Unbound Chamber Music Festival goes over the top

Exhilarated and depressed. At the same time.

The best chamber music festival ever in Mammoth Lakes, Calif., recently concluded. Thus the depression. As summer festivals go, this one is way too short, but it has taken its place in the culture of festivals in the classical music field.

The 2014 Unbound Chamber Music Festival was stellar. In every way. The musicians brought together by the Felici Trio were an ecstatic group of musical individuals. Ron Selka played the clarinet as if he were at sea level. Selka has chops. He’s the principal clarinet of the Israel Philharmonic. Violist Amadi Azikiwe, music director of the Harlem Symphony Orchestra, looks more like a basketball player than a violist, but his fingers fly over the strings. Guillaume Sutre’s mastery on the violin enchants as you watch and become entangled in the fine web of music he weaves.

Those are just a few of the guest artists, who join a more or less regular cast of musical characters. Mark Kosower’s cello playing has such amazing heart. Each note registers in his facial expressions as much as the exquisite tone of his cello.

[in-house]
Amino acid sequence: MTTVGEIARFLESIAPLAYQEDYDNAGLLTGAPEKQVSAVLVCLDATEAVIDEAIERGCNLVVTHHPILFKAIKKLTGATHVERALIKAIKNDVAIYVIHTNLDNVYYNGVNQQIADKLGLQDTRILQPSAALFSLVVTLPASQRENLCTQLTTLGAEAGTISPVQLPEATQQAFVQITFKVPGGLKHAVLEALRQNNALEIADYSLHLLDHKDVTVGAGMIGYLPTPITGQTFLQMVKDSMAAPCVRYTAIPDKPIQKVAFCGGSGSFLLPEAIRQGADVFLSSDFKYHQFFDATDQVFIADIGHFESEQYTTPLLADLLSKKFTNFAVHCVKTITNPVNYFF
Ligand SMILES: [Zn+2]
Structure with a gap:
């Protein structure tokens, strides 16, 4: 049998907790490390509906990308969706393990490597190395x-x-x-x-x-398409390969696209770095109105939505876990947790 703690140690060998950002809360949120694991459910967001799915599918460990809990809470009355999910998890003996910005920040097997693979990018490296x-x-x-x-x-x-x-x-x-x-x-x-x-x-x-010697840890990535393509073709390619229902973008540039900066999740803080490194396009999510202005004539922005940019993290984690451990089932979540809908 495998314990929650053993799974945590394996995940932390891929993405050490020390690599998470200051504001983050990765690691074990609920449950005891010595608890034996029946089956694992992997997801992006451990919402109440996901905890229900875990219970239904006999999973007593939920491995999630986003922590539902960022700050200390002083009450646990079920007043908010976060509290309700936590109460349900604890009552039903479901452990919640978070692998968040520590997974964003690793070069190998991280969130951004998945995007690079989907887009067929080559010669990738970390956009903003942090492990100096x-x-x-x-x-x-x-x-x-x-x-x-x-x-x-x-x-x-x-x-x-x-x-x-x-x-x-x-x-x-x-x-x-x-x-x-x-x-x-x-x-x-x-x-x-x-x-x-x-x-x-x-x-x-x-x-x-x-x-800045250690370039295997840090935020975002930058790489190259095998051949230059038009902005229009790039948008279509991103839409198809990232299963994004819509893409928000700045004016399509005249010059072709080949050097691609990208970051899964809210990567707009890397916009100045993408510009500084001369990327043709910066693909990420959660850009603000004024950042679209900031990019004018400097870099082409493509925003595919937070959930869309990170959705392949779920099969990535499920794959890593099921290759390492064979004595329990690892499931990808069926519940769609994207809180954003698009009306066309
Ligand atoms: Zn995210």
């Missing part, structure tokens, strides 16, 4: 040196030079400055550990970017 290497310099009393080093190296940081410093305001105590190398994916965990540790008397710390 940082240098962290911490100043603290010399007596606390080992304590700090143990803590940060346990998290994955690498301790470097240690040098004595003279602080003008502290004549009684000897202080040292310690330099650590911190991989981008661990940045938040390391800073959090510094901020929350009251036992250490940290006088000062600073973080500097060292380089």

And the music. It did not matter whether a piece was familiar or new, the musicianship was impeccable. From the violinistic fireworks of festival favorite Corey Cerovsek to eight cellos taking the stage for Villa-Lobos, or the aptly titled “A Perfect Storm” concert that took place on a rainy night in the mountains, or for the phenomenal finale that went from fantastic to out of this world with performances of Schubert’s “unfinished” string quartet, Brahms’s heavenly cello sonata performed with passion and perfection by husband and wife musicians Mark Kosower and Jee-Won Oh, and finally the Mendelssohn piano sextet in which Felici Trio pianist Steven Vanhauwaert’s virtuosic playing brought the audience to its ecstatic, appreciative feet.

I slight none of the musicians here. There is just not the time to paint thumbnail portraits of each of them, which does not diminish the joy at hearing them play.

Perhaps the greatest surprise with summer festivals is the magic. As if the small amount of rehearsal time is inversely proportionate to the power and beauty of the music performed.